Coney Island historian Edo McCullough said Nathan installed signs that “shrieked like fire-engine sirens.”  He sold the hot dogs at five cents a-piece, used a twelve-foot grill and put a hint of garlic in his sausages.  Unlike today, many of the passers-by were weary of anyplace that would sell its food at half the price found at Feltman’s; it certainly wasn’t the Coney tradition.  So, many passed by Nathan’s stand for the restaurant further down Surf Avenue.  Using the island’s spirit for inspiration Handwerker hired bums to stand around the counter and paid them in hot dogs in order to give the impression he was busy.  The crowds, seeing only unkempt patrons, still stayed away.  Nathan then took the concept to the next level, had the bums shave themselves and wear doctor’s outfits so they looked well-off.  McCullough said that a new sign above the establishment proclaimed, “If doctors eat our hot dogs, you know they’re good!”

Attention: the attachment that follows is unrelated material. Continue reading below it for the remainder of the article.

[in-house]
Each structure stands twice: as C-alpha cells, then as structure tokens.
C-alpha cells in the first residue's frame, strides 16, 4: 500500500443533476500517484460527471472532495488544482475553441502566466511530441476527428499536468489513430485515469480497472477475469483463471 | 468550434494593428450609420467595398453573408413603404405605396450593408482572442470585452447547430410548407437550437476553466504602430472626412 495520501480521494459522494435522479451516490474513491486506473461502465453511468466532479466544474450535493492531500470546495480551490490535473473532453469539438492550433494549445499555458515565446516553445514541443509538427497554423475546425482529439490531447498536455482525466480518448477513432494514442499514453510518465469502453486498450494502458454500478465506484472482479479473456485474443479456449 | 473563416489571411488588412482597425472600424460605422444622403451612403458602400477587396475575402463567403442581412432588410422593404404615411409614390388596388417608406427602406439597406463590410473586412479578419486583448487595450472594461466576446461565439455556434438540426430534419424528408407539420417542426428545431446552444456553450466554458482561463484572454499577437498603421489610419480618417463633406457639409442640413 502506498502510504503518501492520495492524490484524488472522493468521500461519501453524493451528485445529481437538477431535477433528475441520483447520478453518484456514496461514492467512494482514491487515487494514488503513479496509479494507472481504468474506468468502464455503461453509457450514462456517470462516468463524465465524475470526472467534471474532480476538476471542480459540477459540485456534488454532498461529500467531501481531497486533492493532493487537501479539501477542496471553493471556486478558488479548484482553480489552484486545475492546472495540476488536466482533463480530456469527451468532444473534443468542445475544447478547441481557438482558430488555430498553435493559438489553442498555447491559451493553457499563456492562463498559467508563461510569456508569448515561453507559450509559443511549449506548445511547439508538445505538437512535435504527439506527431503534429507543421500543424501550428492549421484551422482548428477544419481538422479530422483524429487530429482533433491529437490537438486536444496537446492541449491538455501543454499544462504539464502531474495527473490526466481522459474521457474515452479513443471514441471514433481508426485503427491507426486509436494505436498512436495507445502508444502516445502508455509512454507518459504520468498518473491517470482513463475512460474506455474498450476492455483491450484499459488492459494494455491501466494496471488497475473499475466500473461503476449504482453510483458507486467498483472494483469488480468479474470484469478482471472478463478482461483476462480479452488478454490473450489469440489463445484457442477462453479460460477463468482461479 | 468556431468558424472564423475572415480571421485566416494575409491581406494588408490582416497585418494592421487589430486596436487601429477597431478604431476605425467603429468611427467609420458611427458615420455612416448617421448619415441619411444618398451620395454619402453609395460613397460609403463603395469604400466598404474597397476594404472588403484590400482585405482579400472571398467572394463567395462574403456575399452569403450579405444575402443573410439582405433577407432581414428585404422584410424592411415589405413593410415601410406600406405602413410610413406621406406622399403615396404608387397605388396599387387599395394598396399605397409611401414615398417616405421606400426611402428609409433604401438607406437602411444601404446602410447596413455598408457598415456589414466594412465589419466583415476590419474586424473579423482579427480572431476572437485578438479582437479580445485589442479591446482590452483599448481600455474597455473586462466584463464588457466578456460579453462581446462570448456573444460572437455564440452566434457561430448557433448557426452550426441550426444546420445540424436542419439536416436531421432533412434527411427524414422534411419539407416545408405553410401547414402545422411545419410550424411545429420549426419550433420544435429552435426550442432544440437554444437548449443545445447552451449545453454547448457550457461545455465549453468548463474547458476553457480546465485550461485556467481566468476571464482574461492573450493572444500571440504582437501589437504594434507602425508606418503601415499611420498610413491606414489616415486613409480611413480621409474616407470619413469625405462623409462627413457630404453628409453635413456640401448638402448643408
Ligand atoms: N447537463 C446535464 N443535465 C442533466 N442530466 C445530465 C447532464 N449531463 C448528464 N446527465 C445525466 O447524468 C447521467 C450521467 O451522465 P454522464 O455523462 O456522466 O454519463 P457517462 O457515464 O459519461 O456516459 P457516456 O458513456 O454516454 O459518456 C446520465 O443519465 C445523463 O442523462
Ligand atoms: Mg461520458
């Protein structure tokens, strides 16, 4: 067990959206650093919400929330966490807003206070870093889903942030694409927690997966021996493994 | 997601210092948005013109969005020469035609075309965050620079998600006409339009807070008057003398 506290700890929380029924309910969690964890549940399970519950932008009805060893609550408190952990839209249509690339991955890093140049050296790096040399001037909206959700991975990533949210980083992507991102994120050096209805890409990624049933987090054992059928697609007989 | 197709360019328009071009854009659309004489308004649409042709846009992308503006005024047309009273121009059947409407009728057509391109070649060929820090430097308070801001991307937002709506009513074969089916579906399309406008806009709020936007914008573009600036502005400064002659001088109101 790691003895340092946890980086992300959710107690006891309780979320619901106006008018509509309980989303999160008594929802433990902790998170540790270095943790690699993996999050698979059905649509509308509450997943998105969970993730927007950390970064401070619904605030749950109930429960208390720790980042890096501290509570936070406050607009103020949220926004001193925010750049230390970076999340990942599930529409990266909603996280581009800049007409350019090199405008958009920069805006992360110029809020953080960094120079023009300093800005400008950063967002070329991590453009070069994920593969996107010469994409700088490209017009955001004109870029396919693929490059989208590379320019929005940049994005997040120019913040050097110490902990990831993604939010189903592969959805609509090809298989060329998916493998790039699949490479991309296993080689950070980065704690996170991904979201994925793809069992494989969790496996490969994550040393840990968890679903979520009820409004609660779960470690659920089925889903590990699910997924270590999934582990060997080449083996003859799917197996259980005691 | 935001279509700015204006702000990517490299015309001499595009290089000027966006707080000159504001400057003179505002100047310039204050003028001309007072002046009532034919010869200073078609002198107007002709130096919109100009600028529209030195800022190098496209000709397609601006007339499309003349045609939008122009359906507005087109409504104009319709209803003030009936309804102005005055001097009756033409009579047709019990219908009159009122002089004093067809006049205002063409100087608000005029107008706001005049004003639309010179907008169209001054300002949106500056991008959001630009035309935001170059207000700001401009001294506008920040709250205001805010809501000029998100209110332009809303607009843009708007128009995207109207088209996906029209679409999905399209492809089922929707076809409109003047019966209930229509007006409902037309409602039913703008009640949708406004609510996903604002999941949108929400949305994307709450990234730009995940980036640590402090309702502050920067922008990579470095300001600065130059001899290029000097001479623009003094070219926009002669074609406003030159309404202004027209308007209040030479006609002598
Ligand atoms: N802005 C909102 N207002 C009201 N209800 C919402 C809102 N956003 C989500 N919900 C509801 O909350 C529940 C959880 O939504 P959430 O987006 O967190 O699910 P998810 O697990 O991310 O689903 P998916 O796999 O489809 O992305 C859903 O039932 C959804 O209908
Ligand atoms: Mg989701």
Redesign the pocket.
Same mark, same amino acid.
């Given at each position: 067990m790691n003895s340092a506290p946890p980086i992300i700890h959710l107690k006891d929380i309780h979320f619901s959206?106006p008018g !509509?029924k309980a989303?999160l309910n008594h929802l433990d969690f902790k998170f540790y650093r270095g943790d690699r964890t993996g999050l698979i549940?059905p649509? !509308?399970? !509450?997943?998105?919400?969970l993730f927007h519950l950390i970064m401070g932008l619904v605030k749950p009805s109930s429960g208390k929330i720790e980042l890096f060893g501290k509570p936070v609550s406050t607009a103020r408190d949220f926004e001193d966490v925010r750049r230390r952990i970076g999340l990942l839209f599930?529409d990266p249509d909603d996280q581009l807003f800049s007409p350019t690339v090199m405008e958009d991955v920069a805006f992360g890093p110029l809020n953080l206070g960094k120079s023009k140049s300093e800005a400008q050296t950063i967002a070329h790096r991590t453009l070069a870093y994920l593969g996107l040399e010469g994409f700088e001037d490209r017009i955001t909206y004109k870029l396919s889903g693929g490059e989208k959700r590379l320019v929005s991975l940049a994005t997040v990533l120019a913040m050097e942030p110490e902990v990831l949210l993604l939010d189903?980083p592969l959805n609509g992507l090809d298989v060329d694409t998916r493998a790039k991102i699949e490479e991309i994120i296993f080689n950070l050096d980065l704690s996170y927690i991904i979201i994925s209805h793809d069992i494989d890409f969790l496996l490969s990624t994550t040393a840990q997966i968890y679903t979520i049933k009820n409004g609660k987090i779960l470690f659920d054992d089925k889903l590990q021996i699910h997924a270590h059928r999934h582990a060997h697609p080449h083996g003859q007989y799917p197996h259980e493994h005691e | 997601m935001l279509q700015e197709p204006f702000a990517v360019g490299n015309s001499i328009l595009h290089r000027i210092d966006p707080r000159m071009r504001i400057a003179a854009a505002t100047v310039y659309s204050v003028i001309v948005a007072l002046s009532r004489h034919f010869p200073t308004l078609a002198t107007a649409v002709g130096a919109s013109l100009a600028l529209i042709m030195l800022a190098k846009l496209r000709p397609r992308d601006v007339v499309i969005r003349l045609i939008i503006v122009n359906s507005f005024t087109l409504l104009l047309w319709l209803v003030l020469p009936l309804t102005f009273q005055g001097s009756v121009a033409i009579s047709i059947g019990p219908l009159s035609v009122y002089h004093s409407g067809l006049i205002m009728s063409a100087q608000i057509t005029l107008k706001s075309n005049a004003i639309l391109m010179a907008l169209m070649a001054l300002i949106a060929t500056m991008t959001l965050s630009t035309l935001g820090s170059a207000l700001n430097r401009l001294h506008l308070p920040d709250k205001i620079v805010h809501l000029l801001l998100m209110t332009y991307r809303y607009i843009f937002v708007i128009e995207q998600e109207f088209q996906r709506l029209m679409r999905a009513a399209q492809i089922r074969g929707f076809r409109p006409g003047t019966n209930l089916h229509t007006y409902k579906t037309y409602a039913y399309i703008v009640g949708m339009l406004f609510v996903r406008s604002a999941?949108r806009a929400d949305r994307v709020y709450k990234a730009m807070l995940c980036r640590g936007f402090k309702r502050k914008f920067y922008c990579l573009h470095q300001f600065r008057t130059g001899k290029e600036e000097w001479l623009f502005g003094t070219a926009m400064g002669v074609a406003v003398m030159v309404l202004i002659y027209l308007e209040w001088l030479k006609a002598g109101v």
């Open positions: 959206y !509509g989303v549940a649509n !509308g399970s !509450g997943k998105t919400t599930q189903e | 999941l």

The Stillwell Avenue subway station opened in the 1920’s and Nathan’s benefited from its position directly across Surf Avenue.  Crowds flocked to the new “Nickel Empire” of Coney and the simple stand grew into a full-scale service center with dozens of cashiers and long lines.  Author Joseph Heller said, “On every occasion when I go back to Coney Island the first place I go is Nathan’s and often the last place is Nathan’s for another bag of potatoes.”  In 1939 the island celebrated one of its most famous residents by having National Hot Dog Day.  One speaker said, “It is difficult to measure the contribution the hot dog has made to the fame and popularity of this great resort.”  Feltman’s, like much of the island’s old guard, made little money in the post-war era and closed in 1954.  The beach was no longer a place for sit down restaurants and the new “fast food” concept put forth by Nathan had completely taken over.  One year later on July 6, 1955 the stand sold its one millionth hot dog.